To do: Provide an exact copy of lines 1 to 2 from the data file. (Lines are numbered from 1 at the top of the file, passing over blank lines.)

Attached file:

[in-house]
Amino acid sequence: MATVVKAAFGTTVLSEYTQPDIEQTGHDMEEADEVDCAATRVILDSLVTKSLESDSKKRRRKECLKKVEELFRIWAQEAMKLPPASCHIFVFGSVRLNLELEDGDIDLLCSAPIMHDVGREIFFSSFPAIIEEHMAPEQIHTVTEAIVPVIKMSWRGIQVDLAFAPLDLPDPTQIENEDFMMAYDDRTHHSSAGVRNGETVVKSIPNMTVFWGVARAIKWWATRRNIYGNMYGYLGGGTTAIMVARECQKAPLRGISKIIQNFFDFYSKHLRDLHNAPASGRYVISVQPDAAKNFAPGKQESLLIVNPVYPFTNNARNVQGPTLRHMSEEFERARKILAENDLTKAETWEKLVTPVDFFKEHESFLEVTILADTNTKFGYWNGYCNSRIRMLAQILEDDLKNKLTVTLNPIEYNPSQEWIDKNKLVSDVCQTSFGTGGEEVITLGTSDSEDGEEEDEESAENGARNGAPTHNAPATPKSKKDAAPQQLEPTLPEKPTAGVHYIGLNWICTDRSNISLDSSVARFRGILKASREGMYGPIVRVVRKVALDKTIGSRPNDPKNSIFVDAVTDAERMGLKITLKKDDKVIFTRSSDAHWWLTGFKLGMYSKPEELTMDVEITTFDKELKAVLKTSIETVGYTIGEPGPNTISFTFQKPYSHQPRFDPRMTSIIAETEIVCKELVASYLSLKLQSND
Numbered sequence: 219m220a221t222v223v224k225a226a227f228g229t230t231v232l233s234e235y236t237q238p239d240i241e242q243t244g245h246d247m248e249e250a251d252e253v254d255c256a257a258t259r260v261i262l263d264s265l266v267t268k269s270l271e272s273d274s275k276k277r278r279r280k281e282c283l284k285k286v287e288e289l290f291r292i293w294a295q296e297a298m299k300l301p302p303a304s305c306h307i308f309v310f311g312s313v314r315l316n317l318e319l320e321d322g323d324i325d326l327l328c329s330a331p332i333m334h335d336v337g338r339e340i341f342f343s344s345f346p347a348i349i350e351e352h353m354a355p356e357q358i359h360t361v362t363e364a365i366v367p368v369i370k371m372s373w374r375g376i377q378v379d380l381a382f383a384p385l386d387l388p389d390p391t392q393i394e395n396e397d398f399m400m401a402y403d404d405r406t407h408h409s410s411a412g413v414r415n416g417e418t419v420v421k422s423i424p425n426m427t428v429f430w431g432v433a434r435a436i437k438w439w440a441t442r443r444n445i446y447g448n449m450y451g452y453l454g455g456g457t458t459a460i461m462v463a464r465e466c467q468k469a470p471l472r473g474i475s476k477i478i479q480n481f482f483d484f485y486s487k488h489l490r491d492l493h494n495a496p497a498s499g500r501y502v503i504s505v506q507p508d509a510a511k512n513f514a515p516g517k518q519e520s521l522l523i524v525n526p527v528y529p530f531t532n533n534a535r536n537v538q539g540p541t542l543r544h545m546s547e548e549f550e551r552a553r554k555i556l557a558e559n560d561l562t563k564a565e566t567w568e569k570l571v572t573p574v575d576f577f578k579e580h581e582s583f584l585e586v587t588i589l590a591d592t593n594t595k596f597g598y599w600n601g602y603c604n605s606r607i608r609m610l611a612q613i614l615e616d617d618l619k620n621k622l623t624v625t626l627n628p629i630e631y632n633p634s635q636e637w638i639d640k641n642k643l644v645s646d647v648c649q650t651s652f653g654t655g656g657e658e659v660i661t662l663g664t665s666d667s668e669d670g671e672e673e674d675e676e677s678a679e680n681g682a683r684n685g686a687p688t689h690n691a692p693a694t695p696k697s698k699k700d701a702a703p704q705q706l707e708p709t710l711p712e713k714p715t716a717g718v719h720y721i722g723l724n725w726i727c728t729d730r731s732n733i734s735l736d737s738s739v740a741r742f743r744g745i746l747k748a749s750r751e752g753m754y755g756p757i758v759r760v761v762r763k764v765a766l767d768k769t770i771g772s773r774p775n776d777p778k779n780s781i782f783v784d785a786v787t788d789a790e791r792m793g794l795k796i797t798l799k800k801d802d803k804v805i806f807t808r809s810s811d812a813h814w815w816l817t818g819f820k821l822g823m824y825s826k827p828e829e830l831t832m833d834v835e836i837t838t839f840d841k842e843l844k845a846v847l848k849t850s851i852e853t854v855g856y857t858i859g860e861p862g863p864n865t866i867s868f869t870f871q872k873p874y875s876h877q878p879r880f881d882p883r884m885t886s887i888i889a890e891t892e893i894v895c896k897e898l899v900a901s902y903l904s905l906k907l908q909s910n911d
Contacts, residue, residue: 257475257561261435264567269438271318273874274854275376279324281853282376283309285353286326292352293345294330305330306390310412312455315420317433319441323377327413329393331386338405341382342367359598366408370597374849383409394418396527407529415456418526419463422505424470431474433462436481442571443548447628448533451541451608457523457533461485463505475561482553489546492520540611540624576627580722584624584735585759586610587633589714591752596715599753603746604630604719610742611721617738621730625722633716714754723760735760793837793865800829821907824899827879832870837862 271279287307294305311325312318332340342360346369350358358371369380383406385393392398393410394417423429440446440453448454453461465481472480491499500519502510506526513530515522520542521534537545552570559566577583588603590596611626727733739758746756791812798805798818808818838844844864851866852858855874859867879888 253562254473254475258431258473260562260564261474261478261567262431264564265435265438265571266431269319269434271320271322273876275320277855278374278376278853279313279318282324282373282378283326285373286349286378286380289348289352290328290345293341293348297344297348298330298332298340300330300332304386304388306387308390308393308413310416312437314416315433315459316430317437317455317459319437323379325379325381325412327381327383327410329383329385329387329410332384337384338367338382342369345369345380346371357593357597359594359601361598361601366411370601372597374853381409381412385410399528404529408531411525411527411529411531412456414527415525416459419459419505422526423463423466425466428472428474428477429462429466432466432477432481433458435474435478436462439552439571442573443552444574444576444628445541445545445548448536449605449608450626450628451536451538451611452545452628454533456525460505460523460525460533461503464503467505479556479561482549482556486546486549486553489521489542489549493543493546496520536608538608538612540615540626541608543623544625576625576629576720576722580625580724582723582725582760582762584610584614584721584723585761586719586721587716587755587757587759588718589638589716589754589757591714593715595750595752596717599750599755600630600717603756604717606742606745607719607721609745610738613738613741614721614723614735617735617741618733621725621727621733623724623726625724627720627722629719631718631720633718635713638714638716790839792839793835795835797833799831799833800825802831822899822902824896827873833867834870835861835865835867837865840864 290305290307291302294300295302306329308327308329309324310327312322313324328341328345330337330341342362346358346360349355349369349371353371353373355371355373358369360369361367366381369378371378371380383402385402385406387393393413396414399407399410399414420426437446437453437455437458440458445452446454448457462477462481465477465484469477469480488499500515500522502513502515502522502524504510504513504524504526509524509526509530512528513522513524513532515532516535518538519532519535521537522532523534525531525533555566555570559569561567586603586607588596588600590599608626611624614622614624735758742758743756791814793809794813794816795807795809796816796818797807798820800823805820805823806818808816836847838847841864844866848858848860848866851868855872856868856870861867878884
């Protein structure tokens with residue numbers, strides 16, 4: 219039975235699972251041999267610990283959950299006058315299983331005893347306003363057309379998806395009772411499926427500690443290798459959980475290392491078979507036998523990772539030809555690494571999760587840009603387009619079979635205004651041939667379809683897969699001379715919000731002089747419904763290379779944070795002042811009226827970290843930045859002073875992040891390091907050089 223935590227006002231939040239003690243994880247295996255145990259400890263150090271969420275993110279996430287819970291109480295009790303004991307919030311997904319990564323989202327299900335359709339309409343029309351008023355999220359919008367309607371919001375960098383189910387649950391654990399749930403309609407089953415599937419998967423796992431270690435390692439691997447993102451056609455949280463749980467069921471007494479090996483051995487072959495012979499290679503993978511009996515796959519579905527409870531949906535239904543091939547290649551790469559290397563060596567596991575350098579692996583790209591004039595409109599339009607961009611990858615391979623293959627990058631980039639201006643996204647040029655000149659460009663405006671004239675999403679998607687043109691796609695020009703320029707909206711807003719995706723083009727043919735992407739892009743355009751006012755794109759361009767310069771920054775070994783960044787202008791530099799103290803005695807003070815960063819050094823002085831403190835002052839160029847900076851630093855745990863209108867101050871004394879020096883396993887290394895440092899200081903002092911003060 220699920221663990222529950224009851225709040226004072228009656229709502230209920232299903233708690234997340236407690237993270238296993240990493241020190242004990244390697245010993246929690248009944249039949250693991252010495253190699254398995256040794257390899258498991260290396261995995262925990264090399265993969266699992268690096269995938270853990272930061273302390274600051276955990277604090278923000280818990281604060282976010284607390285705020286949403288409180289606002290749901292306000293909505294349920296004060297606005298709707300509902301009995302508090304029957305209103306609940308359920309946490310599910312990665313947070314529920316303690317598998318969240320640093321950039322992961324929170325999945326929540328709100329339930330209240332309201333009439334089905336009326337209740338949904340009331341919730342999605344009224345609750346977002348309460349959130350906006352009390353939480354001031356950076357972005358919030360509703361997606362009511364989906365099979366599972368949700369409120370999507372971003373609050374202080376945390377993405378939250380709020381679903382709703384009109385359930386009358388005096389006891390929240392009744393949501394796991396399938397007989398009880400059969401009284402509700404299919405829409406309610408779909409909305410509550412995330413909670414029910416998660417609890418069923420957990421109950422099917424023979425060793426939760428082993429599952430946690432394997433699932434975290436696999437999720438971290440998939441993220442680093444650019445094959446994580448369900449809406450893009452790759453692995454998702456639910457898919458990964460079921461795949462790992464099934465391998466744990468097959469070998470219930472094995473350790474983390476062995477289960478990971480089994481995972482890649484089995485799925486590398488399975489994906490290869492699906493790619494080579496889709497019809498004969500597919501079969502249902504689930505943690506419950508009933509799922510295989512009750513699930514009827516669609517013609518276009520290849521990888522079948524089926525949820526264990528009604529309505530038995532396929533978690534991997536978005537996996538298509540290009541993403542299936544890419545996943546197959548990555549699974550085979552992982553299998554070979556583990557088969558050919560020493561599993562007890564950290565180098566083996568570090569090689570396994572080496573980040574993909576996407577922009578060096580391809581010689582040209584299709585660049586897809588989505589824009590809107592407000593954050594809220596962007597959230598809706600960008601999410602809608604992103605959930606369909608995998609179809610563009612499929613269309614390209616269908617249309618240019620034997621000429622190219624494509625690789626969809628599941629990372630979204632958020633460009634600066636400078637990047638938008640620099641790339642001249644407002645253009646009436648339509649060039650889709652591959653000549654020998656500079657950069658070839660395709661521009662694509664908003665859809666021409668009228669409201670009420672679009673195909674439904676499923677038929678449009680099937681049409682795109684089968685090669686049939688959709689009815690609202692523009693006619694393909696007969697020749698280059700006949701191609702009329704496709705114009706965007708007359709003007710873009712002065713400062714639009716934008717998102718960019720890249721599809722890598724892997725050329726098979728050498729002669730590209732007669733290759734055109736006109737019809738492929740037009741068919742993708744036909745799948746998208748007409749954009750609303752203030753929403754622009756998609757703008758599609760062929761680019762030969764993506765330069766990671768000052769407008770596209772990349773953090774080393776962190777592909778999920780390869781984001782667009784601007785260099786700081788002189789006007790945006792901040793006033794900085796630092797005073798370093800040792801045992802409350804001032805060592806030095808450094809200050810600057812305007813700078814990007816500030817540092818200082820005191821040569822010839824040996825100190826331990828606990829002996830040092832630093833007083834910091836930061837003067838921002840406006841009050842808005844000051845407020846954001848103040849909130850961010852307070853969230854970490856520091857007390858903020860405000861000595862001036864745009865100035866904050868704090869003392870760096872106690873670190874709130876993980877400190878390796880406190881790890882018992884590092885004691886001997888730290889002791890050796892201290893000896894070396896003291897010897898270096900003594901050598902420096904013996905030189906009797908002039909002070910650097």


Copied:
[in-house]
Amino acid sequence: MATVVKAAFGTTVLSEYTQPDIEQTGHDMEEADEVDCAATRVILDSLVTKSLESDSKKRRRKECLKKVEELFRIWAQEAMKLPPASCHIFVFGSVRLNLELEDGDIDLLCSAPIMHDVGREIFFSSFPAIIEEHMAPEQIHTVTEAIVPVIKMSWRGIQVDLAFAPLDLPDPTQIENEDFMMAYDDRTHHSSAGVRNGETVVKSIPNMTVFWGVARAIKWWATRRNIYGNMYGYLGGGTTAIMVARECQKAPLRGISKIIQNFFDFYSKHLRDLHNAPASGRYVISVQPDAAKNFAPGKQESLLIVNPVYPFTNNARNVQGPTLRHMSEEFERARKILAENDLTKAETWEKLVTPVDFFKEHESFLEVTILADTNTKFGYWNGYCNSRIRMLAQILEDDLKNKLTVTLNPIEYNPSQEWIDKNKLVSDVCQTSFGTGGEEVITLGTSDSEDGEEEDEESAENGARNGAPTHNAPATPKSKKDAAPQQLEPTLPEKPTAGVHYIGLNWICTDRSNISLDSSVARFRGILKASREGMYGPIVRVVRKVALDKTIGSRPNDPKNSIFVDAVTDAERMGLKITLKKDDKVIFTRSSDAHWWLTGFKLGMYSKPEELTMDVEITTFDKELKAVLKTSIETVGYTIGEPGPNTISFTFQKPYSHQPRFDPRMTSIIAETEIVCKELVASYLSLKLQSND